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MacMillan, Sir James (b1959)
© Philip Gatward

Sir James MacMillan

born: 16 July 1959
country: Scotland

Sir James MacMillan was born in Kilwinning, Ayrshire, on 16 July 1959 and grew up in Cumnock. After reading Music at the University of Edinburgh from 1977 to 1981, he studied composition with John Casken at the University of Durham (1981–83). Returning to Scotland in 1988, he settled in Glasgow, seeking the means to achieve a creative synthesis in music of his Roman Catholic faith, socialist ideals, and relationship with his homeland.

Directly communicative and emotionally affecting, James MacMillan’s music often has a strong sense of narrative inspired by history or theology. Even in his scores that are intended to be purely abstract there is a distinct feeling of struggle and conflict between contrasting thematic materials. Common to all his output are a keen sense of structure and a shrewd understanding of the need to balance the expected with the unexpected in the development of musical ideas.

MacMillan’s powerful orchestral elegy The Confession of Isobel Gowdie premiered at the 1990 Proms to an ecstatic reception, launching his international career. The exultant percussion concerto Veni, veni, Emmanuel, first performed by Dame Evelyn Glennie at the 1992 Proms, promptly entered the repertoire. Other notable orchestral pieces to date include five symphonies, concertos for cello, violin, viola, oboe, trombone and saxophone, three concertos for piano, and a second percussion concerto.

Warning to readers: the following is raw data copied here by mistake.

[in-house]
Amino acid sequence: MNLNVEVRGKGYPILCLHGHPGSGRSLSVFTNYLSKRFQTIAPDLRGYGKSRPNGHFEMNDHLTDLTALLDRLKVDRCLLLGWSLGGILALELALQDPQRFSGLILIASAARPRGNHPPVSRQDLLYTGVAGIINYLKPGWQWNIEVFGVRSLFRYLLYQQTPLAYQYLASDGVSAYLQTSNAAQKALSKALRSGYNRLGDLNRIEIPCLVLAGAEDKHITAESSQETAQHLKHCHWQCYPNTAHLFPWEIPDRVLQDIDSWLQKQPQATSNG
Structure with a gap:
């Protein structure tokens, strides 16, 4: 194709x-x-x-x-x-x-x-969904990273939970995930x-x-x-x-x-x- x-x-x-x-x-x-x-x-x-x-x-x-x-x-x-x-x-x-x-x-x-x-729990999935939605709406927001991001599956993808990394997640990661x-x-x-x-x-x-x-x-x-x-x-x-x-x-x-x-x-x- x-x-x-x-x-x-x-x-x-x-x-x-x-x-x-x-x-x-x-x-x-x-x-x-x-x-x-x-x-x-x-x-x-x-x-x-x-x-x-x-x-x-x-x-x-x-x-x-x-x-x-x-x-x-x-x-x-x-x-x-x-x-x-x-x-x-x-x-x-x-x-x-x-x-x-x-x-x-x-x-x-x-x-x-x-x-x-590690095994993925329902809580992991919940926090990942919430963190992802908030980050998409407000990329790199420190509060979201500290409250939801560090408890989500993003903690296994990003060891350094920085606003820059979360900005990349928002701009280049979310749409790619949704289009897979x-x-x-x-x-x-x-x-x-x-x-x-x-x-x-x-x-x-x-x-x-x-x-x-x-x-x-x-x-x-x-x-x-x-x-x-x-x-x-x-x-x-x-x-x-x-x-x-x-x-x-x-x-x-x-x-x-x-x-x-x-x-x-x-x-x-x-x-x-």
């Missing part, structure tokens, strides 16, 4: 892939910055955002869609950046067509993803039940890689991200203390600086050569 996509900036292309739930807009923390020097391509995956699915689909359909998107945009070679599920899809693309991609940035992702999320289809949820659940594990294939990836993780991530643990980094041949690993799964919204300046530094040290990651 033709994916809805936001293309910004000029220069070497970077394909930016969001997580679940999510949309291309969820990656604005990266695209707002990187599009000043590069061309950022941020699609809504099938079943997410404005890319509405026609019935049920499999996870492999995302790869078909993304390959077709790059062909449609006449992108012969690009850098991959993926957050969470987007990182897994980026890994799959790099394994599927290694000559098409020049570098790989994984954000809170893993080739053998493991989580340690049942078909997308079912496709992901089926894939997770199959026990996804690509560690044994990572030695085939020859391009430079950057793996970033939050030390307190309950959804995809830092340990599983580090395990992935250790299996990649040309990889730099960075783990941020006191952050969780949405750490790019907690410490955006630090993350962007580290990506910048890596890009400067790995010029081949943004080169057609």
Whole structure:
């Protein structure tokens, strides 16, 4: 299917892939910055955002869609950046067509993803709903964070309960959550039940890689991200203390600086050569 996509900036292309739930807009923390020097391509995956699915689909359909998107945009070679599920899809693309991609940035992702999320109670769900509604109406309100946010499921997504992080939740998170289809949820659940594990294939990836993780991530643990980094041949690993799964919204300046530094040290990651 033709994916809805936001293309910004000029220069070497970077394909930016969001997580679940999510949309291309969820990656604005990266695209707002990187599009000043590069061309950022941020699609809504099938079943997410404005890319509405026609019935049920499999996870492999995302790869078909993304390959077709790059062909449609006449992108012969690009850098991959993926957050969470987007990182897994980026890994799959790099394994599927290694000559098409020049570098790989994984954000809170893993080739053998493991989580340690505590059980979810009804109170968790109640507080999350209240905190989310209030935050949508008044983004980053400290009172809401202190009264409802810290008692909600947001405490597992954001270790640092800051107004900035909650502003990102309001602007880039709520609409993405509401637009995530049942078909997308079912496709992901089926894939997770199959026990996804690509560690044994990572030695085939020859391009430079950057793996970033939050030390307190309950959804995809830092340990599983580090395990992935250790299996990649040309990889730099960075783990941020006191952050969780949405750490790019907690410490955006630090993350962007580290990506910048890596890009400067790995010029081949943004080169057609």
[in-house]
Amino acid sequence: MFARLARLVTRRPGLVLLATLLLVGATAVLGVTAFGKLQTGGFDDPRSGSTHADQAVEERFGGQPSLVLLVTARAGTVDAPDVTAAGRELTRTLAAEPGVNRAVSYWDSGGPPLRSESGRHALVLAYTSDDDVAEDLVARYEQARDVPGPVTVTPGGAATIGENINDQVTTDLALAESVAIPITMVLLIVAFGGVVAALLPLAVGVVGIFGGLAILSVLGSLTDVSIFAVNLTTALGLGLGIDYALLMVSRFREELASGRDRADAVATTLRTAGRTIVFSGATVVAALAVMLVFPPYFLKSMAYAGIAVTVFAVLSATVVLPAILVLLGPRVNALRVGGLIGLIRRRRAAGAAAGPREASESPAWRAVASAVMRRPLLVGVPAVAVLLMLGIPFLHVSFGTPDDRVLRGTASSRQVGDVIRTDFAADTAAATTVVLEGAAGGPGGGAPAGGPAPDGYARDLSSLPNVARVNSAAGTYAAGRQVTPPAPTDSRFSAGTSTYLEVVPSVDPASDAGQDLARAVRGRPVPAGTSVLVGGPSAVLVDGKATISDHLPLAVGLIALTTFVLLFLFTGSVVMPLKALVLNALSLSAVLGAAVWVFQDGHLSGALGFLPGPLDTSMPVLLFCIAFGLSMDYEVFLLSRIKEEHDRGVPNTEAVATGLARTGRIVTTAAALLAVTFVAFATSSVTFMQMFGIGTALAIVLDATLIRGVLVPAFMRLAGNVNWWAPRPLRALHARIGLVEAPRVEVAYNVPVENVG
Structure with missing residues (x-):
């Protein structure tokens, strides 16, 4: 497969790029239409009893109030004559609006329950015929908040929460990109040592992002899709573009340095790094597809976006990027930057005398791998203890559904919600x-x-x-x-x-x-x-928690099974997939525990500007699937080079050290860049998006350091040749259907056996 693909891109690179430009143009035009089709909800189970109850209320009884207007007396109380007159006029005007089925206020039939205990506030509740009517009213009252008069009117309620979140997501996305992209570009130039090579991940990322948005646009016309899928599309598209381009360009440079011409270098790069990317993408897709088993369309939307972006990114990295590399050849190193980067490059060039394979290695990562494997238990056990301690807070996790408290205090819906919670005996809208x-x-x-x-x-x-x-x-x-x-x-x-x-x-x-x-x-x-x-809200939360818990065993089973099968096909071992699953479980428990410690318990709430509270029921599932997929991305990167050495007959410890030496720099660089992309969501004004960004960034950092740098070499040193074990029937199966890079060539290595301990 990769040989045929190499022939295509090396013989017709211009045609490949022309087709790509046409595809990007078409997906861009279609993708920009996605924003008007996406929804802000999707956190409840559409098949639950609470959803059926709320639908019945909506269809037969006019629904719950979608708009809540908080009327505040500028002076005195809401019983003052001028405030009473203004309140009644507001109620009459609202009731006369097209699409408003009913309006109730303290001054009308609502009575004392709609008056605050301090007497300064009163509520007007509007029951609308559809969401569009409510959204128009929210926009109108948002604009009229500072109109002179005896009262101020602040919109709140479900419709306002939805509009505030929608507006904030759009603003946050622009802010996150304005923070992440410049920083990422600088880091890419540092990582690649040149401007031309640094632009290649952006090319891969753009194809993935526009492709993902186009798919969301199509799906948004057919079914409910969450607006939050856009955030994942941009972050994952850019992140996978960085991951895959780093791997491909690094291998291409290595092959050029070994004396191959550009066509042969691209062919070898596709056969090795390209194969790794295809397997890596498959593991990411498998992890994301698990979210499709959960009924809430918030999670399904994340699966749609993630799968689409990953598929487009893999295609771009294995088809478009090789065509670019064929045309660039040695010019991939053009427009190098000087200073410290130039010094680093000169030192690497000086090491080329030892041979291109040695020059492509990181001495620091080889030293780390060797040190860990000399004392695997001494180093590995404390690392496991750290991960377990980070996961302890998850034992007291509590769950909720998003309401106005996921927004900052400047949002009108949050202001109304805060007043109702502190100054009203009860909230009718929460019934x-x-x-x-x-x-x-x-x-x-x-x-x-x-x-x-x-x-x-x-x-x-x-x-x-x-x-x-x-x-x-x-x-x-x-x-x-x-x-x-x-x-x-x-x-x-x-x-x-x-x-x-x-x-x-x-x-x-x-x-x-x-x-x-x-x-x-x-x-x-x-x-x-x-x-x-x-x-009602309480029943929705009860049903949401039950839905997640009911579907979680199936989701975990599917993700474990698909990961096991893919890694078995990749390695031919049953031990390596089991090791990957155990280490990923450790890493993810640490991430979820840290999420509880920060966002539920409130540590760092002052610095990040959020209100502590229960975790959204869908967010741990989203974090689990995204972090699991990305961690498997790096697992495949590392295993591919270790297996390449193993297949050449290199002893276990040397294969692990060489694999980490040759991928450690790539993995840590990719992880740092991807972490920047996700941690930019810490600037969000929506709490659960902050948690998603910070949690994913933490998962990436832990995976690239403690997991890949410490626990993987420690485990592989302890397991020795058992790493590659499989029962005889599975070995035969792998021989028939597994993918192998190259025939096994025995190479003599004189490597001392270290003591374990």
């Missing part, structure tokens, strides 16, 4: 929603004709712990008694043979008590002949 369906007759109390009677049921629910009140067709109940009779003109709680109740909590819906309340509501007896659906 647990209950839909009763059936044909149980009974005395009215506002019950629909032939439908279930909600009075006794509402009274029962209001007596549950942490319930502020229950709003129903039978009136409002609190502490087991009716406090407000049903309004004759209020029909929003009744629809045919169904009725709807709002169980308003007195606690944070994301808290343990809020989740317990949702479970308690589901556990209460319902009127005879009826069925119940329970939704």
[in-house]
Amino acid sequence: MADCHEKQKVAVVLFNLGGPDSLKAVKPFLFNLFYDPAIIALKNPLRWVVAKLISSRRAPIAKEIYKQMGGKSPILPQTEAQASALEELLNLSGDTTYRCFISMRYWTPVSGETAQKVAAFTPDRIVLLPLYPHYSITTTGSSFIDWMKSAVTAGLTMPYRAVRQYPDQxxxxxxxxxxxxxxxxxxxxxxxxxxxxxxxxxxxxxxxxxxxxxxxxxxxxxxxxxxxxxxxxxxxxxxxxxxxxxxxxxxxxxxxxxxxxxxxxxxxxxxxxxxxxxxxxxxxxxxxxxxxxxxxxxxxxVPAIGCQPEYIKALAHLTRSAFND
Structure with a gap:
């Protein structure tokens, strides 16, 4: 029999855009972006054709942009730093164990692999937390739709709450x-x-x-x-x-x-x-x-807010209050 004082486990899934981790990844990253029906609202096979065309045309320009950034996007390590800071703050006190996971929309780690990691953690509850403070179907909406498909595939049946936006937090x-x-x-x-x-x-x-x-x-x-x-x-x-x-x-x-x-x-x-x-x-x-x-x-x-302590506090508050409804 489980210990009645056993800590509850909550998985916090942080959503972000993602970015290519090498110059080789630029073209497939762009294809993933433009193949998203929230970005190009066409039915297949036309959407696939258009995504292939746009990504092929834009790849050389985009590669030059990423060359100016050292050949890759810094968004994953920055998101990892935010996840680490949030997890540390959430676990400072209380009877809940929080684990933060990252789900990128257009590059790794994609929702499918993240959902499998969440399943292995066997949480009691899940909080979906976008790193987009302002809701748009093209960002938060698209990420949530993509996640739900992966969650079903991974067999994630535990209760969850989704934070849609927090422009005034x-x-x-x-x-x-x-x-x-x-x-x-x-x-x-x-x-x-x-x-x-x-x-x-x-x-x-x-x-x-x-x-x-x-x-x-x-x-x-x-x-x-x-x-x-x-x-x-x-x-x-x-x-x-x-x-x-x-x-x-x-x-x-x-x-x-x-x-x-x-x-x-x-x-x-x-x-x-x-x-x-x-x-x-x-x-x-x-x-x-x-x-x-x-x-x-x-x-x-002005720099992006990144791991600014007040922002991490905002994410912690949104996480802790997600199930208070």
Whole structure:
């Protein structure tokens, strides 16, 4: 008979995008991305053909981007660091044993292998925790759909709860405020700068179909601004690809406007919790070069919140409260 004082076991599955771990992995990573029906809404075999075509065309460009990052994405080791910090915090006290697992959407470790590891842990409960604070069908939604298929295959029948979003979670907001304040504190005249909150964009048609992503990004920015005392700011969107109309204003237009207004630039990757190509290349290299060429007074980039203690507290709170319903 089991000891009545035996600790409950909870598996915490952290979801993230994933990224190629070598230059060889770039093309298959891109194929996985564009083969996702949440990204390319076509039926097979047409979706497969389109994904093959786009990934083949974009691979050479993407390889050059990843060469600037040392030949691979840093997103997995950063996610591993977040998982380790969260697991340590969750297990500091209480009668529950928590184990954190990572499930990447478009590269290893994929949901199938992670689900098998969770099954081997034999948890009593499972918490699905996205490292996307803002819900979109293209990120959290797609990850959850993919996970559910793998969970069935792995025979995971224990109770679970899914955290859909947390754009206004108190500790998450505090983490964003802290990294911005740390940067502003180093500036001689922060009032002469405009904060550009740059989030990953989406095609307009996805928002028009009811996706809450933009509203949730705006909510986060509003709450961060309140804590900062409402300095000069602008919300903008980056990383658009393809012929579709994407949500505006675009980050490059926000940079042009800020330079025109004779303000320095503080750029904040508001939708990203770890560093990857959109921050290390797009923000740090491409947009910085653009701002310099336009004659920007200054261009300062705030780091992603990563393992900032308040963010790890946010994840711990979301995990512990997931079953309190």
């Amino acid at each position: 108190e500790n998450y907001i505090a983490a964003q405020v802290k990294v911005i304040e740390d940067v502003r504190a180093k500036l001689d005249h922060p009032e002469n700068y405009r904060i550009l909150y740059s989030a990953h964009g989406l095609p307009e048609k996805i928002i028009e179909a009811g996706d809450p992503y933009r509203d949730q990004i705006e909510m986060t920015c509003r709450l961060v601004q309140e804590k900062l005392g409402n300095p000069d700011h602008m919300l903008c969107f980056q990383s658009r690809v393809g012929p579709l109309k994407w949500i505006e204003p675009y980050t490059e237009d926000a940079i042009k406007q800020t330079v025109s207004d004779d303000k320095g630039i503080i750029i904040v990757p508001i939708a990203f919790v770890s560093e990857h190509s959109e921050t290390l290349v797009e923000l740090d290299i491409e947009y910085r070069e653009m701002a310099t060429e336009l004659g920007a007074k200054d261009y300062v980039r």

A natural facility for developing ideas on a substantial scale enhances his music for the stage. Inés de Castro was premiered by Scottish Opera at the 1996 Edinburgh Festival, and in 2007 Welsh National Opera produced The Sacrifice. A one-act chamber opera Clemency made its debut at the Royal Opera House’s Linbury Studio in 2011.

MacMillan’s deep love of the human voice has resulted in the song cycle Raising Sparks, and several major choral works such as the cantata Seven Last Words from the Cross, the St Luke Passion for chorus and chamber orchestra, Stabat mater for choir and string orchestra, and A European Requiem, commissioned by the Oregon Bach Festival.

Among various instrumental and chamber pieces, Tuireadh for clarinet and string quartet is dedicated to the victims of the Piper Alpha disaster and their families, and exploits the composer’s experience of Scottish folk music. By contrast, Kiss on Wood for violin and piano has a private, devotional atmosphere that connects with his liturgical works.

from notes by Paul Conway © 2020


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